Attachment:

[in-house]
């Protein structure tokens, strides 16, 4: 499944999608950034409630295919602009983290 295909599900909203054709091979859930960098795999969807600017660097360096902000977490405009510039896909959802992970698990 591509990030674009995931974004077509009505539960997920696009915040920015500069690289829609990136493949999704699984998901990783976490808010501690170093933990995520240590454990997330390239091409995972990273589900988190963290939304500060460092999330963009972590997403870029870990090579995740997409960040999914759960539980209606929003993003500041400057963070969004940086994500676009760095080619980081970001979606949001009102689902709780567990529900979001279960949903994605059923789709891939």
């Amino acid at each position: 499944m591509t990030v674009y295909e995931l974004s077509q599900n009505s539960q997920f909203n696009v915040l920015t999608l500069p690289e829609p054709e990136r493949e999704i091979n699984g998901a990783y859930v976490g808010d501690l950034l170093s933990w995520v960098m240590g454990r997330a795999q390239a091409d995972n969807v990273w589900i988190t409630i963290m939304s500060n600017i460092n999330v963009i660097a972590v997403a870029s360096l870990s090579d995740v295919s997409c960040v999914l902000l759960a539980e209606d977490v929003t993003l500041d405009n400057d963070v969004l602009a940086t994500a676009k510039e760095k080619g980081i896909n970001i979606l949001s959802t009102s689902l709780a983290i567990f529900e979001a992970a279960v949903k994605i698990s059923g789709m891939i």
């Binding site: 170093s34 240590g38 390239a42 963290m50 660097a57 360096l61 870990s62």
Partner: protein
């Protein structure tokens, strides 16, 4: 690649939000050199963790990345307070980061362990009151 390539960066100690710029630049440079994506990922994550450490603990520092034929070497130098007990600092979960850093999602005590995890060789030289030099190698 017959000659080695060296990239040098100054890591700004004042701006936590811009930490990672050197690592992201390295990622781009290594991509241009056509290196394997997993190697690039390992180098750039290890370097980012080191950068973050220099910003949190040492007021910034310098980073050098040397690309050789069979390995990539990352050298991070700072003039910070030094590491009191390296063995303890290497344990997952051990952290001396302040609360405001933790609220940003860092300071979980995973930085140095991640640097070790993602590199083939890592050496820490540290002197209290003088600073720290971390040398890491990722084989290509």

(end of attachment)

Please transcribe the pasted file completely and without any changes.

[in-house]
């Protein structure tokens, strides 16, 4: 499944999608950034409630295919602009983290 295909599900909203054709091979859930960098795999969807600017660097360096902000977490405009510039896909959802992970698990 591509990030674009995931974004077509009505539960997920696009915040920015500069690289829609990136493949999704699984998901990783976490808010501690170093933990995520240590454990997330390239091409995972990273589900988190963290939304500060460092999330963009972590997403870029870990090579995740997409960040999914759960539980209606929003993003500041400057963070969004940086994500676009760095080619980081970001979606949001009102689902709780567990529900979001279960949903994605059923789709891939």
């Amino acid at each position: 499944m591509t990030v674009y295909e995931l974004s077509q599900n009505s539960q997920f909203n696009v915040l920015t999608l500069p690289e829609p054709e990136r493949e999704i091979n699984g998901a990783y859930v976490g808010d501690l950034l170093s933990w995520v960098m240590g454990r997330a795999q390239a091409d995972n969807v990273w589900i988190t409630i963290m939304s500060n600017i460092n999330v963009i660097a972590v997403a870029s360096l870990s090579d995740v295919s997409c960040v999914l902000l759960a539980e209606d977490v929003t993003l500041d405009n400057d963070v969004l602009a940086t994500a676009k510039e760095k080619g980081i896909n970001i979606l949001s959802t009102s689902l709780a983290i567990f529900e979001a992970a279960v949903k994605i698990s059923g789709m891939i």
């Binding site: 170093s34 240590g38 390239a42 963290m50 660097a57 360096l61 870990s62």
Partner: protein
């Protein structure tokens, strides 16, 4: 690649939000050199963790990345307070980061362990009151 390539960066100690710029630049440079994506990922994550450490603990520092034929070497130098007990600092979960850093999602005590995890060789030289030099190698 017959000659080695060296990239040098100054890591700004004042701006936590811009930490990672050197690592992201390295990622781009290594991509241009056509290196394997997993190697690039390992180098750039290890370097980012080191950068973050220099910003949190040492007021910034310098980073050098040397690309050789069979390995990539990352050298991070700072003039910070030094590491009191390296063995303890290497344990997952051990952290001396302040609360405001933790609220940003860092300071979980995973930085140095991640640097070790993602590199083939890592050496820490540290002197209290003088600073720290971390040398890491990722084989290509």